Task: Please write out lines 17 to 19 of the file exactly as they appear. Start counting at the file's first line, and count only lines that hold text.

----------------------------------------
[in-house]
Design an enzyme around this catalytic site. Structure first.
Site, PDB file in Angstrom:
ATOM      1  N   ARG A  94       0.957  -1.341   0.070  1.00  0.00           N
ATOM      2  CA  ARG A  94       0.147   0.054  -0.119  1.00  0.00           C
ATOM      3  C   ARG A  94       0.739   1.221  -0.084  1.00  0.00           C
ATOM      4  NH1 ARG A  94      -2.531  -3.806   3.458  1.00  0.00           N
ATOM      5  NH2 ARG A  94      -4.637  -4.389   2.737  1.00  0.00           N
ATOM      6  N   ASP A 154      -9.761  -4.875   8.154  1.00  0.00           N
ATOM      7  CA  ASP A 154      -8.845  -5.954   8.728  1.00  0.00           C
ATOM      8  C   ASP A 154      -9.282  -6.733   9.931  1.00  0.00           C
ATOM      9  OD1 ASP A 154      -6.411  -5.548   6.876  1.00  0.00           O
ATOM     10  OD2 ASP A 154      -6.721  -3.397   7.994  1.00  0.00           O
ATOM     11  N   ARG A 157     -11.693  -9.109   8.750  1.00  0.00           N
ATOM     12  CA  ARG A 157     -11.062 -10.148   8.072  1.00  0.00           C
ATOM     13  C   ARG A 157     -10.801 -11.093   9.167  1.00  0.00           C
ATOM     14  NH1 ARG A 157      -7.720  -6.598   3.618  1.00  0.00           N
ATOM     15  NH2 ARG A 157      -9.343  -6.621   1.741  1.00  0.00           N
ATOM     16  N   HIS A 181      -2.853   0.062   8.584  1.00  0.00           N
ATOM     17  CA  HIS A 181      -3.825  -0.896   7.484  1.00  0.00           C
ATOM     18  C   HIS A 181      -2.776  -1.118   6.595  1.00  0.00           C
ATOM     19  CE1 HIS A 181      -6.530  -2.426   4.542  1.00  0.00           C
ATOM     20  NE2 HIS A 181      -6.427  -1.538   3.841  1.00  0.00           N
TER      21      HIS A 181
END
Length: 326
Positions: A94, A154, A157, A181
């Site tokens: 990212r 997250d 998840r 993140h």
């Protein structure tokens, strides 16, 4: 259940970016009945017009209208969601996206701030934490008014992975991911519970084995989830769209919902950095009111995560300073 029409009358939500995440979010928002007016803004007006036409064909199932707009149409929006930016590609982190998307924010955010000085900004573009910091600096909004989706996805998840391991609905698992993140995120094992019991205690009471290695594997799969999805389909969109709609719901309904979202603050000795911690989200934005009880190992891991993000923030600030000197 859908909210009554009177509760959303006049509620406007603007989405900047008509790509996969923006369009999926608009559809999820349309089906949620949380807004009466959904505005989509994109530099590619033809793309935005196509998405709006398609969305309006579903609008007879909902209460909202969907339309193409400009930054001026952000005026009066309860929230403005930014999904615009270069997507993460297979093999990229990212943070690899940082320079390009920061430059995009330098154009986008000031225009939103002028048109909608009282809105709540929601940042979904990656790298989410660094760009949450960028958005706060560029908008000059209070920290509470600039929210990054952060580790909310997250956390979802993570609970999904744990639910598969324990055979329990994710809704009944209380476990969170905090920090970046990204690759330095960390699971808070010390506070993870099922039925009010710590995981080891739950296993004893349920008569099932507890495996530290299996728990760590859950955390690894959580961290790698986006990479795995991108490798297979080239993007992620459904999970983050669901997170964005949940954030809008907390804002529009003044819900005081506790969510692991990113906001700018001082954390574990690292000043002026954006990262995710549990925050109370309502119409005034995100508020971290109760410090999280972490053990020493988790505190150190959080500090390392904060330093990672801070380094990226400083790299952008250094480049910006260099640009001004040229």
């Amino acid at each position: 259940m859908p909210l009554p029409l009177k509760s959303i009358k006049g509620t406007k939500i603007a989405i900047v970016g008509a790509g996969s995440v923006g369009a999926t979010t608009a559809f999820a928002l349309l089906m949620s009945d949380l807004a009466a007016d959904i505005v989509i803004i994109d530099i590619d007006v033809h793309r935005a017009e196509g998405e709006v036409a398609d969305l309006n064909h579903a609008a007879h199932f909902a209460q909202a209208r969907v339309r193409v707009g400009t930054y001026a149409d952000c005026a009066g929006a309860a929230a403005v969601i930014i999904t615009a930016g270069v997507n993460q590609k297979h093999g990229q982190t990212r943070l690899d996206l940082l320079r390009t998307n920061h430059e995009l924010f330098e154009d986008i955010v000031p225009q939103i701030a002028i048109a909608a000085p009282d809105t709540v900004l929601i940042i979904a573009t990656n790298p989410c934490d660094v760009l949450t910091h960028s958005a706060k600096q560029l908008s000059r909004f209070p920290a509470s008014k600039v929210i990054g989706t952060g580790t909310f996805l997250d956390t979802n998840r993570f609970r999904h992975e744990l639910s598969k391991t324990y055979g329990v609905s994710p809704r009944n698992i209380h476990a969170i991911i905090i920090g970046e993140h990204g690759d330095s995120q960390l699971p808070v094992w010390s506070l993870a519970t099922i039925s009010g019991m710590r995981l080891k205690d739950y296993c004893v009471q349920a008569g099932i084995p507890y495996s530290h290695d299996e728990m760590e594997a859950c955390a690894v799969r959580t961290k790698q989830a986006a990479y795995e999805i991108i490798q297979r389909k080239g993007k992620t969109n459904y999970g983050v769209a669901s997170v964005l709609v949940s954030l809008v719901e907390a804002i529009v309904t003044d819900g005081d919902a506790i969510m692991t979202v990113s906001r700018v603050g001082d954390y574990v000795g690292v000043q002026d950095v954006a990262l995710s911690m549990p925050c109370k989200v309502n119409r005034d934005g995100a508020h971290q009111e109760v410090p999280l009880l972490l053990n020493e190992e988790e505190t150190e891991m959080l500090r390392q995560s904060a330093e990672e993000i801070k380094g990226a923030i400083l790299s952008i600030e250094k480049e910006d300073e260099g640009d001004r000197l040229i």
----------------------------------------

ATOM     14  NH1 ARG A 157      -7.720  -6.598   3.618  1.00  0.00           N
ATOM     15  NH2 ARG A 157      -9.343  -6.621   1.741  1.00  0.00           N
ATOM     16  N   HIS A 181      -2.853   0.062   8.584  1.00  0.00           N